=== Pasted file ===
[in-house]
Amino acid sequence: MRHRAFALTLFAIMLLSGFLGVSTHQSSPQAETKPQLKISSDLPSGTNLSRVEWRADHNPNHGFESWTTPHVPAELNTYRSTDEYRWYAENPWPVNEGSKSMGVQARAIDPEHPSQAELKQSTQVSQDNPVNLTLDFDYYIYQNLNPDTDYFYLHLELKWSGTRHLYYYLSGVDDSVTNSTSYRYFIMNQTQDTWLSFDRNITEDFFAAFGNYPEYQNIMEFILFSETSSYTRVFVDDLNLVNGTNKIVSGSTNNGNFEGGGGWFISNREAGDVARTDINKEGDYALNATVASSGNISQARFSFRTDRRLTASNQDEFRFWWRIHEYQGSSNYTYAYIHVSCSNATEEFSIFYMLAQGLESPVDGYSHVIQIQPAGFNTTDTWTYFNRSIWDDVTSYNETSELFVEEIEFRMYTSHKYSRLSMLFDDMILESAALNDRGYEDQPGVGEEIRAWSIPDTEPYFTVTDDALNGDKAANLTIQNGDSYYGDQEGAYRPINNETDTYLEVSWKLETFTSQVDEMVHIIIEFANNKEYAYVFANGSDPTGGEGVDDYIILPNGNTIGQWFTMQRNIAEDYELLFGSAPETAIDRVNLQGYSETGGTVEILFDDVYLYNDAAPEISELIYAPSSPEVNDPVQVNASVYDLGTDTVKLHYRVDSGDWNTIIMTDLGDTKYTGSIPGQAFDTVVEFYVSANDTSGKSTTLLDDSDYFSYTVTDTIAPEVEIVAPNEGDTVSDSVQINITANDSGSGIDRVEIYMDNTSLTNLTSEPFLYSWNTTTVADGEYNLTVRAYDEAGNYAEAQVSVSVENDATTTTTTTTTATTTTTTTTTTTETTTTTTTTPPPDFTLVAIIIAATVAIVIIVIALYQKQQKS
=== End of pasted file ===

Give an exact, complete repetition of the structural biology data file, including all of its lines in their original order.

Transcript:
[in-house]
Amino acid sequence: MRHRAFALTLFAIMLLSGFLGVSTHQSSPQAETKPQLKISSDLPSGTNLSRVEWRADHNPNHGFESWTTPHVPAELNTYRSTDEYRWYAENPWPVNEGSKSMGVQARAIDPEHPSQAELKQSTQVSQDNPVNLTLDFDYYIYQNLNPDTDYFYLHLELKWSGTRHLYYYLSGVDDSVTNSTSYRYFIMNQTQDTWLSFDRNITEDFFAAFGNYPEYQNIMEFILFSETSSYTRVFVDDLNLVNGTNKIVSGSTNNGNFEGGGGWFISNREAGDVARTDINKEGDYALNATVASSGNISQARFSFRTDRRLTASNQDEFRFWWRIHEYQGSSNYTYAYIHVSCSNATEEFSIFYMLAQGLESPVDGYSHVIQIQPAGFNTTDTWTYFNRSIWDDVTSYNETSELFVEEIEFRMYTSHKYSRLSMLFDDMILESAALNDRGYEDQPGVGEEIRAWSIPDTEPYFTVTDDALNGDKAANLTIQNGDSYYGDQEGAYRPINNETDTYLEVSWKLETFTSQVDEMVHIIIEFANNKEYAYVFANGSDPTGGEGVDDYIILPNGNTIGQWFTMQRNIAEDYELLFGSAPETAIDRVNLQGYSETGGTVEILFDDVYLYNDAAPEISELIYAPSSPEVNDPVQVNASVYDLGTDTVKLHYRVDSGDWNTIIMTDLGDTKYTGSIPGQAFDTVVEFYVSANDTSGKSTTLLDDSDYFSYTVTDTIAPEVEIVAPNEGDTVSDSVQINITANDSGSGIDRVEIYMDNTSLTNLTSEPFLYSWNTTTVADGEYNLTVRAYDEAGNYAEAQVSVSVENDATTTTTTTTTATTTTTTTTTTTETTTTTTTTPPPDFTLVAIIIAATVAIVIIVIALYQKQQKS